LANDOVER, Md. (CBSNewYork/AP) — Given that the New York Giants were once 0-6 with injuries mounting, it’s quite the feat that they’re not the first team to be eliminated from playoff contention in the NFC East.
The Giants are soldiering on with postseason hopes alive in December, having won five of six, while the Washington Redskins are officially going nowhere.
New York rallied from an early two-touchdown deficit to beat Washington 24-17 Sunday night, keeping the Giants (5-7) two games behind division leaders Dallas and Philadelphia with four to play.
“We’re almost accustomed to putting ourselves in bad situations,” said Giants defensive end Justin Tuck, who had four sacks in the second half.
The Redskins (3-9) won’t be repeating their NFC East title. They’ve lost four straight and won’t be in the playoffs for the 17th time in 21 years. The NFL gave them five prime-time games this season; they lost all five.
“When you’re out of it, yeah, it’s very disappointing. … You don’t like to play for pride,” Washington coach Mike Shanahan said, “but sometimes that’s the card that’s dealt, and that’s where we’re at right now.”
Here are five morsels from the game that separated hope from no-hope:
STREAKY ELI: Eli Manning had a streak of 10 completions, including a 22-yard touchdown pass to Brandon Myers in the second quarter that tied the game at the half. He also a high throw tipped for his 18th interception and remains on course to have more interceptions than touchdown passes for the first time since his rookie season. The Redskins had three sacks, which means Manning has been brought down a career-high 31 times this season.
But Manning’s final numbers weren’t too shabby — 22 for 28 for 235 yards — and it’s hard to ignore the back-to-back clutch throws to Myers (18 yards) and Victor Cruz (19) that set up Andre Brown’s 1-yard touchdown run that put the Giants ahead for good early in the fourth quarter.
STREAKY RG3: Griffin completed his first 12 passes and was running the read option as if it were 2012 all over again. Then, for the second consecutive week, a Redskins opponent adjusted and shut him down. Griffin was 16 for 17 for 149 yards in the first half and just 8 for 15 for 58 yards in the second. His final line: 24 for 32 for 207 yards and a season-high 88 yards rushing on 12 carries. He wasn’t sacked in the first half, but he went down five times after halftime.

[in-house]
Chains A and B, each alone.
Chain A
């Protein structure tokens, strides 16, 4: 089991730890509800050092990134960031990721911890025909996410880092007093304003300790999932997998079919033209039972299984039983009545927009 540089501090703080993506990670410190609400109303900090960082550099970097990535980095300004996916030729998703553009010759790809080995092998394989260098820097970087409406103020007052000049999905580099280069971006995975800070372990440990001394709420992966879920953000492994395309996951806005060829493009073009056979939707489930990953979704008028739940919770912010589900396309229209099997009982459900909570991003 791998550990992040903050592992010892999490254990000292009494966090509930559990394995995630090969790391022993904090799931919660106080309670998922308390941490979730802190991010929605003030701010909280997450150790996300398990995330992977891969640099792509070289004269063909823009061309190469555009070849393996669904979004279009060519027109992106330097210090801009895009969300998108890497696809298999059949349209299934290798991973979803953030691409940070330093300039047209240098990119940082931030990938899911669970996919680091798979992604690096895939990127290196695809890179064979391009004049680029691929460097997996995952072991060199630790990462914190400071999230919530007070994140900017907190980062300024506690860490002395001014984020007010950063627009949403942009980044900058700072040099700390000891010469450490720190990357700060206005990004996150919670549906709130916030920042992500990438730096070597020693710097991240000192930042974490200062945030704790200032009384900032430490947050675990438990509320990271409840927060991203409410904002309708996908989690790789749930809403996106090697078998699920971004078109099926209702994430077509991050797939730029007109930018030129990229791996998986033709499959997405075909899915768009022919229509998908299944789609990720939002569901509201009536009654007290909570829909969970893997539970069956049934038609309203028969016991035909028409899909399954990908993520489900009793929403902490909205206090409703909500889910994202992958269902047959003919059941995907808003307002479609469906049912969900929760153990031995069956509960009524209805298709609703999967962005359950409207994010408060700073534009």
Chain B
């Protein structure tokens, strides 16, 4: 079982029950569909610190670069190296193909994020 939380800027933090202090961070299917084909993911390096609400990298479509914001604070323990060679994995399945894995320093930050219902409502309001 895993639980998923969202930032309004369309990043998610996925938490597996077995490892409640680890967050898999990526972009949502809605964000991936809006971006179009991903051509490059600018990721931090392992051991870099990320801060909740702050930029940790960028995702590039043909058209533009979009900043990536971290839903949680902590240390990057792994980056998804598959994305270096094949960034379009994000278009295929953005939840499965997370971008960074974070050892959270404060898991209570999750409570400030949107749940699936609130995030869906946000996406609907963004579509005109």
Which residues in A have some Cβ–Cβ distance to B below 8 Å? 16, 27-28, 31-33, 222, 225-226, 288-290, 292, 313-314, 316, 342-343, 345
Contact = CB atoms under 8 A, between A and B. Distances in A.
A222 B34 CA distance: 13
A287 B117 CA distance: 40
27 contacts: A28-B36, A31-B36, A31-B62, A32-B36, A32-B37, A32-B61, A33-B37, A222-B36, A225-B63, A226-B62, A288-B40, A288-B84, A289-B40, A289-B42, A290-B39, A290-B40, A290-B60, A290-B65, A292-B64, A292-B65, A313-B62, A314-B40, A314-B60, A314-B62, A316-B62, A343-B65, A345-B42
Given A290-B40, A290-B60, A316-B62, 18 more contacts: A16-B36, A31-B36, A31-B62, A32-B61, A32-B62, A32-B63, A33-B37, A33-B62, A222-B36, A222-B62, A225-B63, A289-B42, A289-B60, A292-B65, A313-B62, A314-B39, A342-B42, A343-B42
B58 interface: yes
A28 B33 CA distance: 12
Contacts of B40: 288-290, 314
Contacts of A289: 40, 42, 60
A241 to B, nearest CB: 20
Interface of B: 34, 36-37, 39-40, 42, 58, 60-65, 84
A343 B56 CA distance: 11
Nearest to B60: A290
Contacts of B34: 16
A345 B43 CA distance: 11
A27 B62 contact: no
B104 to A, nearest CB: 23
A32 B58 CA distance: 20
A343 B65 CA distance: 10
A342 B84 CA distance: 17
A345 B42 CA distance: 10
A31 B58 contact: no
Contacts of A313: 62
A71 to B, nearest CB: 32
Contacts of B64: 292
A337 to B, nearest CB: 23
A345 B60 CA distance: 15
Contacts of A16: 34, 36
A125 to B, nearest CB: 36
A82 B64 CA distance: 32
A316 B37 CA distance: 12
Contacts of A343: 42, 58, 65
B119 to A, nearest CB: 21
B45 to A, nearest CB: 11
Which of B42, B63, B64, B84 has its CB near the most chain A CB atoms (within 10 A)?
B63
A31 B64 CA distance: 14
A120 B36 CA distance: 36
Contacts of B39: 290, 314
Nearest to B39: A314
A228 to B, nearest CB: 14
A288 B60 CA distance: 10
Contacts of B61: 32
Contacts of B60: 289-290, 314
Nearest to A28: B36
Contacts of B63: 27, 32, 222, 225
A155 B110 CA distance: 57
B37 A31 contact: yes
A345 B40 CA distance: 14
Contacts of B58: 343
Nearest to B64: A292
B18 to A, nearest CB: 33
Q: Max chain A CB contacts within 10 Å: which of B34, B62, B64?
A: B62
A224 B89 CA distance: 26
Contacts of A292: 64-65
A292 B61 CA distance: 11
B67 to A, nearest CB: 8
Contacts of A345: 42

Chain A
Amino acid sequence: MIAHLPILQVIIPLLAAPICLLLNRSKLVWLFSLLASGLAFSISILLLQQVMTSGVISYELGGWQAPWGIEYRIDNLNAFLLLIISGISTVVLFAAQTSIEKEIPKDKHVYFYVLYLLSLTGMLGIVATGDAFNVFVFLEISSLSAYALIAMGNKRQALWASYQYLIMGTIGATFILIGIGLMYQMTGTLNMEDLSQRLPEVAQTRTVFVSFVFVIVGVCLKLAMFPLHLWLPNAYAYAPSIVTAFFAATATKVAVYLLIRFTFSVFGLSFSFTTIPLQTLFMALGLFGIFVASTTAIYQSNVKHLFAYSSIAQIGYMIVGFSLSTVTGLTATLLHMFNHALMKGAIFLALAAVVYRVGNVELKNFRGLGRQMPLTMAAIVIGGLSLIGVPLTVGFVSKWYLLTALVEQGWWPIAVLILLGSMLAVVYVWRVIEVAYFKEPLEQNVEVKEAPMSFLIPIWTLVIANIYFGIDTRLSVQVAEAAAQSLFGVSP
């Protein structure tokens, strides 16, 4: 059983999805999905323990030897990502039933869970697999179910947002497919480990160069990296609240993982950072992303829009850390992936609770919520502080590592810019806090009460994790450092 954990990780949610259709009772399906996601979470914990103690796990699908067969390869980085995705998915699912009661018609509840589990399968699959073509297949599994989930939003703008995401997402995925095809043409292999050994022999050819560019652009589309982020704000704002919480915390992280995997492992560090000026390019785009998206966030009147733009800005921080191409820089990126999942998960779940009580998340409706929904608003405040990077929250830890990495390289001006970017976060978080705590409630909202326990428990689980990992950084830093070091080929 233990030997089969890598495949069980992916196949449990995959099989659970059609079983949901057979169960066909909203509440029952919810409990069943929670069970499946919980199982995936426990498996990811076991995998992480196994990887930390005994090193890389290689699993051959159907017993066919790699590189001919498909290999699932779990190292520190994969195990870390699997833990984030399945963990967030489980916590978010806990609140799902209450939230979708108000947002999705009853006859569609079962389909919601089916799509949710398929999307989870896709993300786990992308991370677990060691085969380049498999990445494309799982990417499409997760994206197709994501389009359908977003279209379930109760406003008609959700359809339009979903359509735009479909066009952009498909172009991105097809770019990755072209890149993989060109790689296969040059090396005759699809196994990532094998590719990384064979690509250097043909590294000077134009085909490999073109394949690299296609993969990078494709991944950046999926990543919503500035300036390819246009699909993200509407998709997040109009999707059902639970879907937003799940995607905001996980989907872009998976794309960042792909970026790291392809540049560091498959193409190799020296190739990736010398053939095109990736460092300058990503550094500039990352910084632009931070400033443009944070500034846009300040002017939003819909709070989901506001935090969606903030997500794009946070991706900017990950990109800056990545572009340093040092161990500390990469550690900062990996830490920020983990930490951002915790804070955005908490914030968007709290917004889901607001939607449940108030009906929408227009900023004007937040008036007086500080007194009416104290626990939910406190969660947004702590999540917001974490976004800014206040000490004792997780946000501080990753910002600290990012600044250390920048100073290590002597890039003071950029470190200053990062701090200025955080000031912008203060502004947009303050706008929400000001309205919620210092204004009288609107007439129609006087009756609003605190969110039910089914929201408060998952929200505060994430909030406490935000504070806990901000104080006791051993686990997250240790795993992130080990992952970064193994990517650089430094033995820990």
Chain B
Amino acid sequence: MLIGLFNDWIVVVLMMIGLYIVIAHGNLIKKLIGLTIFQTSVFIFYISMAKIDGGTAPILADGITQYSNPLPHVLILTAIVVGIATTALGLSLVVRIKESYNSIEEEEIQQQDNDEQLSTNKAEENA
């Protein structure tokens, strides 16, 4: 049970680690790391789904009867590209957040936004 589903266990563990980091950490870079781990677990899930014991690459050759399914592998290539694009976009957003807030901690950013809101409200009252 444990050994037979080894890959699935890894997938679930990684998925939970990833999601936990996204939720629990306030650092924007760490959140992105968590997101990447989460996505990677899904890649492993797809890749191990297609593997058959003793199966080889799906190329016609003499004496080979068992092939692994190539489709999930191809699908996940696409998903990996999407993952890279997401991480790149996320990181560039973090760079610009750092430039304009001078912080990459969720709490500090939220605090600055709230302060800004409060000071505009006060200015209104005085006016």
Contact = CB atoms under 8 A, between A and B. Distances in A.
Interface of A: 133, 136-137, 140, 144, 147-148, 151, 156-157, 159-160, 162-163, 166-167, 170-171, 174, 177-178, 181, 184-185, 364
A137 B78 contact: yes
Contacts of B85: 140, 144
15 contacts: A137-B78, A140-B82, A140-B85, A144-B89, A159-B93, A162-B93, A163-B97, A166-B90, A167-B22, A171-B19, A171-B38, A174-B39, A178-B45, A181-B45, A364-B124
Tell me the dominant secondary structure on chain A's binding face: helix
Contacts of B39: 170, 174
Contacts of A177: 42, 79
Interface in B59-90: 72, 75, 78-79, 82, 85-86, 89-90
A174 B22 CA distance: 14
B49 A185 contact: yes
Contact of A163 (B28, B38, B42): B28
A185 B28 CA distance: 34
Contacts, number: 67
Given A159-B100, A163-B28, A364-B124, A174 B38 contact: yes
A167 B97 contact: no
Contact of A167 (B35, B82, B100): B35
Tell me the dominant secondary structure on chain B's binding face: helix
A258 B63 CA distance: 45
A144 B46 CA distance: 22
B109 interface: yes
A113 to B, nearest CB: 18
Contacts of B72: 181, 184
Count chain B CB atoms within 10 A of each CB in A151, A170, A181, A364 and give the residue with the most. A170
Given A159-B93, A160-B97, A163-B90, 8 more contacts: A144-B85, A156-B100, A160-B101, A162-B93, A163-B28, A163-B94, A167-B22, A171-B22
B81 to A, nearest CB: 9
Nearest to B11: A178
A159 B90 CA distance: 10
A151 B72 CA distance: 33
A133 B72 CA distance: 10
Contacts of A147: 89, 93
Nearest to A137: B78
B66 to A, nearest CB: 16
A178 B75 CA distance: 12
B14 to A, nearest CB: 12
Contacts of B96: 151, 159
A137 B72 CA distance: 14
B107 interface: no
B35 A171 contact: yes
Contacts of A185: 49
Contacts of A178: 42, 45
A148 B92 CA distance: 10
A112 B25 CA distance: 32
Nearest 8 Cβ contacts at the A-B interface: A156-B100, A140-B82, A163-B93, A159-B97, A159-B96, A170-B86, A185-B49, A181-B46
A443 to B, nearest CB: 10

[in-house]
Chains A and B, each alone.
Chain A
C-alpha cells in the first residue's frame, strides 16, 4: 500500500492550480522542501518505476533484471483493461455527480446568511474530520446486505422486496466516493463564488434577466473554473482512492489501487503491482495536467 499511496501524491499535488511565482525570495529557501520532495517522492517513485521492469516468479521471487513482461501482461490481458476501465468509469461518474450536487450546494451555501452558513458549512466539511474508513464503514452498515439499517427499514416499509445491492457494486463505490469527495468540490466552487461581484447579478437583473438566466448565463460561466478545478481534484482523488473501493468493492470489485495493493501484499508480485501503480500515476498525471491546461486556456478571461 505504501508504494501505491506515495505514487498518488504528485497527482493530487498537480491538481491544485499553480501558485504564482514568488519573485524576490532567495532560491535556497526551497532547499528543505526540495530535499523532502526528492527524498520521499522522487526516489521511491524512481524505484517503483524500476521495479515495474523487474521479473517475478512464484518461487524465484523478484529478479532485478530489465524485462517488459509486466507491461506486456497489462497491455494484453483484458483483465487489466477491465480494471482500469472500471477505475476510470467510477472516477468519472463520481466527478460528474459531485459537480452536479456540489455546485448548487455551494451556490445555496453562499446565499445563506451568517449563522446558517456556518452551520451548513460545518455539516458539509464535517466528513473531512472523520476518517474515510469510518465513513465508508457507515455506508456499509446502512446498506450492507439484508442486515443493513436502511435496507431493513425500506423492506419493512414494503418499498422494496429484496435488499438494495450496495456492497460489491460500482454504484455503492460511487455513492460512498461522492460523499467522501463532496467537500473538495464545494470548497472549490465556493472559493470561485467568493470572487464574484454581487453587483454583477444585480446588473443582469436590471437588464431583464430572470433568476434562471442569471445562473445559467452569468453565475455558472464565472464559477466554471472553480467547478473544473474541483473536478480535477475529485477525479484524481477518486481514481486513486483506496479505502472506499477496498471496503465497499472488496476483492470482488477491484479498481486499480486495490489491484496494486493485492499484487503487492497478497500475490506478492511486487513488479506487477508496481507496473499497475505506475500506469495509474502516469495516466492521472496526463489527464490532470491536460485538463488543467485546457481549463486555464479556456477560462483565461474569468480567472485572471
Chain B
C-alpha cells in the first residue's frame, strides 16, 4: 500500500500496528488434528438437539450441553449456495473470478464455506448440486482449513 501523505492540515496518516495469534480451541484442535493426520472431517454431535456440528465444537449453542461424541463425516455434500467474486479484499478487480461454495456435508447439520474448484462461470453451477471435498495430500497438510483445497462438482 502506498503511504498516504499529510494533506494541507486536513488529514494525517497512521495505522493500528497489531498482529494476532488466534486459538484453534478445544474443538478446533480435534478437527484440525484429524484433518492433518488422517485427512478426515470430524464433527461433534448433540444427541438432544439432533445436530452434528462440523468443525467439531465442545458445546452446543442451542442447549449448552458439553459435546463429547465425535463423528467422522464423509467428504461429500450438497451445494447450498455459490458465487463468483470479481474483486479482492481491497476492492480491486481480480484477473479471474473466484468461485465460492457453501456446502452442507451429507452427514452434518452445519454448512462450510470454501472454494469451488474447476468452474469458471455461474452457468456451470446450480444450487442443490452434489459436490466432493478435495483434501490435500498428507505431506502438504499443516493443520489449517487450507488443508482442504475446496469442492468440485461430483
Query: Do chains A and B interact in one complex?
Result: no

“You don’t want to take your foot off the gas pedal,” Redskins guard Kory Lichtensteiger said. “They were able to answer back, and we knew they had the weapons to do that. Offensively, we had to score more, and we came up short. I guess we’ll have to own up on that one.”
TUCK RULES: Tuck was one of the symbols of the underperforming Giants with only 2½ sacks on the season — until he brought down Griffin four times. Jon Beason tied a career-high with 17 tackles in a game played without defensive end Jason Pierre-Paul (shoulder) and cornerback Corey Webster (ankle), just the latest in a constant parade of New York injuries.
“If I was standing here with four sacks and a loss, I wouldn’t give 2 cents, but we got a win,” Tuck said. “I played pretty good tonight.”
SNAP JUDGMENT: The Redskins are good for at least one special teams gaffe per game, and this one swung the momentum. Long snapper Kyle Nelson sent a bouncing grounder back to punter Sav Rocca, leading to a blocked punt that traveled 18 yards and was compounded by a holding penalty on Nelson that added 10 yards to the final spot.
The Giants took over at Washington’s 46 and needed only four plays to score the go-ahead touchdown.
“Long story short: Shouldn’t have happened,” Nelson said.
WHAT DOWN WAS IT?: The Redskins were driving for a possible tying score in the final minutes when the chain gang goofed, setting up as if Washington had made a first down when the officials were signaling third down.
The mistake altered the Redskins’ play-calling, but they ended up getting the necessary yards anyway with a fourth-and-1, 6-yard pass to Pierre Garcon — only to have Garcon stripped by safety Will Hill, allowing New York to run out the clock.
Even so, Shanahan was clearly bothered by the sequence when asked about it after the game.
“I told him I wanted a measurement, because I knew it was close. It was inches. And he said, ‘No, it’s a first down.’ And he moved the chains,” Shanahan said. “And then after I saw it was fourth down, I asked him, ‘You already told me it was first down.’ He didn’t say anything. So that was quite disappointing.”
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